Air quality in the hour leading into and after New Year's Day at the Kihei monitoring station showed marked improvement over last year, the state Department of Health reported.
Fireworks smoke consists primarily of fine particulate matter, which can penetrate the lungs and aggravate existing respiratory conditions such as asthma, emphysema and chronic bronchitis, the Health Department said in a news release Friday. The national standard for allowable particulate substances of this type is 35 micrograms per cubic meter averaged over 24 hours.
Last year's celebrations averaged 14 micrograms on Dec. 31 and 12 micrograms on Jan. 1 at the Kihei station at Hale Piilani Park. For this year's festivities, the station only averaged 5.2 micrograms on Dec. 31 and 6.9 micrograms on Jan. 1.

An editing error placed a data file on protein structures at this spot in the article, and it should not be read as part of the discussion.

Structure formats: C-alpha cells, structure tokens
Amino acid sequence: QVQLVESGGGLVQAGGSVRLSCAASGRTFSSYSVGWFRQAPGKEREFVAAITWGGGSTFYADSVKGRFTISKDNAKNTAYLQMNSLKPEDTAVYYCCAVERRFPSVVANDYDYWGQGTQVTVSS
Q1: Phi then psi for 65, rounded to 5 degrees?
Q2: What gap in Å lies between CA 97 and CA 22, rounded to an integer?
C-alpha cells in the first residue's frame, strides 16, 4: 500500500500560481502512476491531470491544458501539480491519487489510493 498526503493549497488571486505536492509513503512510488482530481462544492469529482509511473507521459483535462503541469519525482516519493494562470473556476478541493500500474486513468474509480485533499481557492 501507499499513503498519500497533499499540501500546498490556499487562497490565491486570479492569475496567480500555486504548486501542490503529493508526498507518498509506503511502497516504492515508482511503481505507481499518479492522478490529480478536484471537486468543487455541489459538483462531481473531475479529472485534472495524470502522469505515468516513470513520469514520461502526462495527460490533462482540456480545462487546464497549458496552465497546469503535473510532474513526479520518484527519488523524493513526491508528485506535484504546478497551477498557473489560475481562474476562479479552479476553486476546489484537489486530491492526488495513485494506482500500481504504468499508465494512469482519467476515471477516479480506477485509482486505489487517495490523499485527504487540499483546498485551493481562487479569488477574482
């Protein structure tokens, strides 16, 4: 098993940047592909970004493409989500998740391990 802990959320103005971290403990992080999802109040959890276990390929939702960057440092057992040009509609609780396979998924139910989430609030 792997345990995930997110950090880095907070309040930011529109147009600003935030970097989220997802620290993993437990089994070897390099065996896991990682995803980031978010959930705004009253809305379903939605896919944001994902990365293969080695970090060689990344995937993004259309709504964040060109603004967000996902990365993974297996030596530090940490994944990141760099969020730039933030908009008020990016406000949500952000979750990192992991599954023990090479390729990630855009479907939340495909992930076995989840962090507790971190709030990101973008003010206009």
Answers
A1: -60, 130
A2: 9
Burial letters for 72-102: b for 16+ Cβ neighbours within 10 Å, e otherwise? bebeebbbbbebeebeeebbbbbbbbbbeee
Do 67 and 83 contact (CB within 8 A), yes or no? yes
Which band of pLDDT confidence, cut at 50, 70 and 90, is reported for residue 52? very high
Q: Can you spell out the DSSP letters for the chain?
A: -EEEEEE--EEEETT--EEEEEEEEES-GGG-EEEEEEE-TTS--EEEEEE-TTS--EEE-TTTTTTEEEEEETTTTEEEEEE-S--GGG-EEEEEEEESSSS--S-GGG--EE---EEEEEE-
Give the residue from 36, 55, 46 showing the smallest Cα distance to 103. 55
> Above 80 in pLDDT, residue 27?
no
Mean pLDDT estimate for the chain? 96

The Paia station, which began recording data last year, averaged 5.2 micrograms on Dec. 31 and 8.2 micrograms on Jan. 1.
The highest level in the state was recorded in Pearl City, Oahu, at 16 micrograms.
The use of fireworks always will affect air quality but factors such as wind, rain, the amount of fireworks burned and the configuration of the land will ultimately determine the total impact on air quality, the Health Department said.
Legal fireworks were permitted in the county from 9 p.m. New Year's Eve to 1 a.m. New Year's Day.
From Dec. 31 to Jan. 2, the department's Injury Prevention program reported a total of 33 injuries treated in emergency rooms throughout the state - the second lowest total in the past 14 years. There were 40 injuries in the previous New Year's period.
"The reduced number of injuries is particularly apparent among children" under age 18, the Health Department said. Data were collected from 22 emergency departments statewide, in addition to the Hana and Waianae Coast Comprehensive Health Centers.